The American Association of Individual Investors (AAII) Sentiment Survey had an exciting week. The percentage of investors reporting as bullish (i.e., happy about the stock market) jumped 8.1 percentage points to 45.5 percent. (That compares to its historical average of 38 percent). The bearishness level dropped 9.3 percentage points to 26.3 percent (compared to its historical average of 30.5 percent).

That was a 17.4 percentage point increase of the bull-bear spread. Going back to 1987, when the AAII began its survey, there were 223 prior weeks in which the bull-bear spread rose by at least 15 points in a week. The Bespoke Investment Group tracked those 223 instances. Bespoke broke it down even further to examine those times that did not also include a similar occurrence in the previous three months (which that most recent one did not). It turns out that, on average, the stock market performs well after those events.

As Bespoke shows in the graph below, it turns out that the S&P 500 has consistently traded higher during the next year following those instances, despite any corrections along the way.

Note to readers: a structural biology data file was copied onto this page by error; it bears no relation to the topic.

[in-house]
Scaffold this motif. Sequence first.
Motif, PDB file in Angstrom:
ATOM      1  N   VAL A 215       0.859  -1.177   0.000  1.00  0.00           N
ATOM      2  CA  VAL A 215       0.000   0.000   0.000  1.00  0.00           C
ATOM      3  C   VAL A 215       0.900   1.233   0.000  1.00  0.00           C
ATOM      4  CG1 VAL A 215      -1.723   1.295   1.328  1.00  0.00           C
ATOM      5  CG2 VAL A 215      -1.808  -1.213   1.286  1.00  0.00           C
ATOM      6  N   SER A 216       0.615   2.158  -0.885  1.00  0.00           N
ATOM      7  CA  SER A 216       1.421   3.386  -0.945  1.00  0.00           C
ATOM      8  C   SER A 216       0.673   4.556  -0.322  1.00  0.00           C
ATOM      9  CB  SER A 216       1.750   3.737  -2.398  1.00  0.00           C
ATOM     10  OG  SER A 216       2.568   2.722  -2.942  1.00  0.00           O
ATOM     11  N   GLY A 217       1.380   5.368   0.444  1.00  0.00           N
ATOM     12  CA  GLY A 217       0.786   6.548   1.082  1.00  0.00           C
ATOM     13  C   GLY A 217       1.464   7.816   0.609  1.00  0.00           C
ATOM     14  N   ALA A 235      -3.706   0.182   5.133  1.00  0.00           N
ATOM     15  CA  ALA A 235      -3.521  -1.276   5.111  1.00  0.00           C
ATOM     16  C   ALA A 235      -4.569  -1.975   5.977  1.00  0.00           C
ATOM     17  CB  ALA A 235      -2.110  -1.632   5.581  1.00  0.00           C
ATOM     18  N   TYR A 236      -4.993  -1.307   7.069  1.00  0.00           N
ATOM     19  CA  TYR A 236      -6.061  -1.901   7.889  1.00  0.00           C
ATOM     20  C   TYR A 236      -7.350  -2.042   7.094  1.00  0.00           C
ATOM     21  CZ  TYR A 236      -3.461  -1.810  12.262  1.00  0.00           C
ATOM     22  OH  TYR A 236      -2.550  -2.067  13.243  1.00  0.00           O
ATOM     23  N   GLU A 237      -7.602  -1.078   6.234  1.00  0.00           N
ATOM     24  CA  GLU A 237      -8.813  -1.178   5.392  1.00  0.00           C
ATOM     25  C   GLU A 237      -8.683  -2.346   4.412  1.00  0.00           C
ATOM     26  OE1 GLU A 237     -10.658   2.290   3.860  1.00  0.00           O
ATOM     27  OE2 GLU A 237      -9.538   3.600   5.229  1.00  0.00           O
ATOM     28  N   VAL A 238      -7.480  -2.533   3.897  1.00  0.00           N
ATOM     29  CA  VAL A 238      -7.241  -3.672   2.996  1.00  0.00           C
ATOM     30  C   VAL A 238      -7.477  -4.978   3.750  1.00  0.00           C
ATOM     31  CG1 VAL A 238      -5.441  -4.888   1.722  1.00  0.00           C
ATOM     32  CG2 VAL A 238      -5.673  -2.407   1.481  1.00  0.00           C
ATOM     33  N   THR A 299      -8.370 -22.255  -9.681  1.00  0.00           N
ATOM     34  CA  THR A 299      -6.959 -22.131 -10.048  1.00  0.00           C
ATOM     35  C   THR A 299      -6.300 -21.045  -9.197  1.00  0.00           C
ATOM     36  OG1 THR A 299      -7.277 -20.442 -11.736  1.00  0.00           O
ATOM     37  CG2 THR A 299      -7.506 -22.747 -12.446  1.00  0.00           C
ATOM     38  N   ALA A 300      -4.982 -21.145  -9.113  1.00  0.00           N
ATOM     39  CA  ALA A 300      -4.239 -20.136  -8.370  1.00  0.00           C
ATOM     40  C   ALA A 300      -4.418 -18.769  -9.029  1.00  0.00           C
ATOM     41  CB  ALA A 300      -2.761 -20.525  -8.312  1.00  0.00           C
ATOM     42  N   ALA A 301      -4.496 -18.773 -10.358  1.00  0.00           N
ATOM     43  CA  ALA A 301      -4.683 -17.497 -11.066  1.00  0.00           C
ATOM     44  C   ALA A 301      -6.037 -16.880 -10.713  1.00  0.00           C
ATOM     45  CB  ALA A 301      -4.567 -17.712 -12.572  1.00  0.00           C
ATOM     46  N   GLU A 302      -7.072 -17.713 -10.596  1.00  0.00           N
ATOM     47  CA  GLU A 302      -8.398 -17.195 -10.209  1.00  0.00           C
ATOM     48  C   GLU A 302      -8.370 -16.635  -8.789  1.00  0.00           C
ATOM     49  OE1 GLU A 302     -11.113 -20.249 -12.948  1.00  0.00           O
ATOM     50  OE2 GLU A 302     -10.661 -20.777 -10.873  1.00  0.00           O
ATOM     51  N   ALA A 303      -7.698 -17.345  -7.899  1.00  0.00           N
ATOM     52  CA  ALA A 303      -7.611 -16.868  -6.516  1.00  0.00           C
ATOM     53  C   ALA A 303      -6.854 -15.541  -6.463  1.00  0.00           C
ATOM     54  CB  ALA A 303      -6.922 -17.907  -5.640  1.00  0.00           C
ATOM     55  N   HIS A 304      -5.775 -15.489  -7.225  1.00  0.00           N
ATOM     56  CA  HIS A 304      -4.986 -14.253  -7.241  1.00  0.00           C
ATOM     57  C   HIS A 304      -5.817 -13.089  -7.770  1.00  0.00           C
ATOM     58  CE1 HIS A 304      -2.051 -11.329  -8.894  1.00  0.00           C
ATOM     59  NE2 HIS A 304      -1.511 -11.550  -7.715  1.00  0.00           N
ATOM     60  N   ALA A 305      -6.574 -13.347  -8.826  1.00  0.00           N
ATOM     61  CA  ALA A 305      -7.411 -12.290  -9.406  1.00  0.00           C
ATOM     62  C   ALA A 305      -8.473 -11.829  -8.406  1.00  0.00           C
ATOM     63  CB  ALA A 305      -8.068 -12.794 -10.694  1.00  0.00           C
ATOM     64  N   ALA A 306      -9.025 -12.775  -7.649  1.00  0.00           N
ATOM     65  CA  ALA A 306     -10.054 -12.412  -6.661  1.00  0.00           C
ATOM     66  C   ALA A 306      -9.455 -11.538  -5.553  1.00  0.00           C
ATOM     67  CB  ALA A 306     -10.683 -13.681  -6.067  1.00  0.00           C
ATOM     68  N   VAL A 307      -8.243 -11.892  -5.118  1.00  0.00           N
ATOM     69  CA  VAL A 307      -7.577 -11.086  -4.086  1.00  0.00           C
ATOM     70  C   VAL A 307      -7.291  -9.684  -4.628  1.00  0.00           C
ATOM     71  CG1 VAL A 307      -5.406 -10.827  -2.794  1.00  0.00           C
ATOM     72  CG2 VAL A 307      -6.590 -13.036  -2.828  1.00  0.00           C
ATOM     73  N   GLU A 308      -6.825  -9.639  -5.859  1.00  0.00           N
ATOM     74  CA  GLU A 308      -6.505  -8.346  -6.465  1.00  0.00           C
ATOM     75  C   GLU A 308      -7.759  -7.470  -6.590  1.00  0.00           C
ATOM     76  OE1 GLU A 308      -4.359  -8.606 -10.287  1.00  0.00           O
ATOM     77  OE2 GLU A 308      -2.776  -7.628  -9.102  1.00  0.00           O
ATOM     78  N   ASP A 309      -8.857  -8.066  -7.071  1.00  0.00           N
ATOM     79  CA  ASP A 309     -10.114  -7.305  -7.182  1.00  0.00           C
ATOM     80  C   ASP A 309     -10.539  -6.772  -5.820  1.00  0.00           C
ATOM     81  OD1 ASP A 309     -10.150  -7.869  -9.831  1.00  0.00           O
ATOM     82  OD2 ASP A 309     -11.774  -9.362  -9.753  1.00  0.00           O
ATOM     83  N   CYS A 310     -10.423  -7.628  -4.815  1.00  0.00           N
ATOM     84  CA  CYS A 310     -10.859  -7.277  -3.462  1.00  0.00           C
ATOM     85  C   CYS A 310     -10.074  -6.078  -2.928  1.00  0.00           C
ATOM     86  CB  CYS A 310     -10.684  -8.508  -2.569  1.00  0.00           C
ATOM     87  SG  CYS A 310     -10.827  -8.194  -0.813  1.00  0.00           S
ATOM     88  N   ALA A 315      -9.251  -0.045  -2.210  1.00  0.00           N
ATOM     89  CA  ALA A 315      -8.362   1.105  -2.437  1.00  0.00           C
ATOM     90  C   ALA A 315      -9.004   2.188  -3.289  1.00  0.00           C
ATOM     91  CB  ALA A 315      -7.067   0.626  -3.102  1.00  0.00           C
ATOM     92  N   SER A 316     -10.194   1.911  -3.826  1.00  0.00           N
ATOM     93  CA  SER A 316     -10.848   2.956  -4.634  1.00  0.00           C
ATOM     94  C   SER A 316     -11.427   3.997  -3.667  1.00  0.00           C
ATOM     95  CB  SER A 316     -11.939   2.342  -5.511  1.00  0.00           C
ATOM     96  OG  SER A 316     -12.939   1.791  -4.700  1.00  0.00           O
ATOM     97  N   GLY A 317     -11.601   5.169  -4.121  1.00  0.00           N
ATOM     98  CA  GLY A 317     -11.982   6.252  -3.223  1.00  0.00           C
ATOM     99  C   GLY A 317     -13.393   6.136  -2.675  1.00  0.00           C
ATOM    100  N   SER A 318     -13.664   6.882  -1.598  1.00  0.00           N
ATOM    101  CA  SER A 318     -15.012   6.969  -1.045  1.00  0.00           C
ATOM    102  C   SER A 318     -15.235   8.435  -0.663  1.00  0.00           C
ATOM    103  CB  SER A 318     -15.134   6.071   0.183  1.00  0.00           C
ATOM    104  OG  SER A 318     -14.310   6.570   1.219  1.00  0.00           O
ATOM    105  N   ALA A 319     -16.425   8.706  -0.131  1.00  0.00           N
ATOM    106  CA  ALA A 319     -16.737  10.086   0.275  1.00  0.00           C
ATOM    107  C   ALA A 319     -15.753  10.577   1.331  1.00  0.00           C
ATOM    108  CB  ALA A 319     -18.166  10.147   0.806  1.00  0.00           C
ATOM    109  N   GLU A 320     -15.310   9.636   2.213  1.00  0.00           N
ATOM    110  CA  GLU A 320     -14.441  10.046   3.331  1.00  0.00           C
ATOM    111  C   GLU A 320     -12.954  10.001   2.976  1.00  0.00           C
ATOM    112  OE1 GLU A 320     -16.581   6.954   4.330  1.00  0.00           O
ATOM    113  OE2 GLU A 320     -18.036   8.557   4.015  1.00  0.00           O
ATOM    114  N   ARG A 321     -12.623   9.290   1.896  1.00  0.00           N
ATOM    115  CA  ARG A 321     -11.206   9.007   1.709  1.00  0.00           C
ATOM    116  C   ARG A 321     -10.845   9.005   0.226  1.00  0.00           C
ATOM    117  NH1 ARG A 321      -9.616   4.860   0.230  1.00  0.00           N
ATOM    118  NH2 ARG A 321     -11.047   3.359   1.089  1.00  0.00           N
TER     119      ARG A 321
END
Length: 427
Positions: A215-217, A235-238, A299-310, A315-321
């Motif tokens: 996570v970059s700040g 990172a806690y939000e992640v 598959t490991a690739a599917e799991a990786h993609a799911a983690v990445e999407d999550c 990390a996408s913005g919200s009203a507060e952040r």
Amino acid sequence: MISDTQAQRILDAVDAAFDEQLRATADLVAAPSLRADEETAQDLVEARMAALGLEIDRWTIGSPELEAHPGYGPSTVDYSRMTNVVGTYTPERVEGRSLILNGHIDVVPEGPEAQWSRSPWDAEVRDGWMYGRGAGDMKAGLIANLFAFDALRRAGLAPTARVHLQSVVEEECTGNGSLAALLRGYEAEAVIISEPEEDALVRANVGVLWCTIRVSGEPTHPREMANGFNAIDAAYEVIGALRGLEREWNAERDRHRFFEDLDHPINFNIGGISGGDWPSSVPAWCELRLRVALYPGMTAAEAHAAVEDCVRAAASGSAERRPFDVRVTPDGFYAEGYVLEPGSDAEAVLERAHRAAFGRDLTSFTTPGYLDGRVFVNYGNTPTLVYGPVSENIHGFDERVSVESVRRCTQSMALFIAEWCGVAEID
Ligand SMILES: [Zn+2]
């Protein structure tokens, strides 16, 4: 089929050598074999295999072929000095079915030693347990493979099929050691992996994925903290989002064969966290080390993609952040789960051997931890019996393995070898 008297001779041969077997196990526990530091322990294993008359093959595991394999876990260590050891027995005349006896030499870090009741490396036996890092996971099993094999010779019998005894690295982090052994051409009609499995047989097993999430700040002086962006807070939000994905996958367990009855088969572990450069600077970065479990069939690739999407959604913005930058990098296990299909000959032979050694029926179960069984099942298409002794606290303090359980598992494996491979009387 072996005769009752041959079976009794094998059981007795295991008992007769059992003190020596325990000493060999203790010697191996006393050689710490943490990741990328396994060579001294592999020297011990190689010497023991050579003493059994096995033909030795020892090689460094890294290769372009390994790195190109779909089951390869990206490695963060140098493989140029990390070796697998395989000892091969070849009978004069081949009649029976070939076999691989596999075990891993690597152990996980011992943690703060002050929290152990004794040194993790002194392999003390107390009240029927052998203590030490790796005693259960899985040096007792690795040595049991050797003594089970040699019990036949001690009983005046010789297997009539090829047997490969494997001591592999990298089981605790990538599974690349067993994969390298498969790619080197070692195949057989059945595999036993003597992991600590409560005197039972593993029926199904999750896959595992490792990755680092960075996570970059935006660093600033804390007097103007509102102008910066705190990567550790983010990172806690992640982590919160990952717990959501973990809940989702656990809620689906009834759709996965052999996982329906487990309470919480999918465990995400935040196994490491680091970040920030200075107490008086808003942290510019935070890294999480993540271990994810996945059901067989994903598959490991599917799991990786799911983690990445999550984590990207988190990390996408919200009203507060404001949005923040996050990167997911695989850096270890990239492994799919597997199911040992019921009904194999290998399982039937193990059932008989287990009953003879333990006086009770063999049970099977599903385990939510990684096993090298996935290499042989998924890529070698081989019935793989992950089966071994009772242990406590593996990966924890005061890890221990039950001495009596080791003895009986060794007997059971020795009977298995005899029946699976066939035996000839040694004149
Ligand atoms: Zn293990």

I can easily make a case that the stock market is overvalued by a lot. And there are signs of froth and bubbles. I am concerned about how happy investors are because that typically limits the stock market’s upside potential. But that limit results from everyone who wants to own stocks already owning stocks, so there’s limited demand. However, investors can raise cash for stock-buying by selling bonds.

The idea that a pullback will entice investors to buy more stocks is a working theory. That theory is, in part, why I remain invested in equities. Instead of getting too defensive, I remain alert to pullbacks and expect any correction to be an opportunity to rebalance portfolios into something slightly more growth-oriented.

Allen Harris is the owner of Berkshire Money Management in Dalton, managing investments of more than $600 million. Unless specifically identified as original research or data-gathering, some or all of the data cited is attributable to third-party sources. Full disclosures: Direct inquiries to [email protected].

This article originally appeared in The Berkshire Edge on February 22, 2021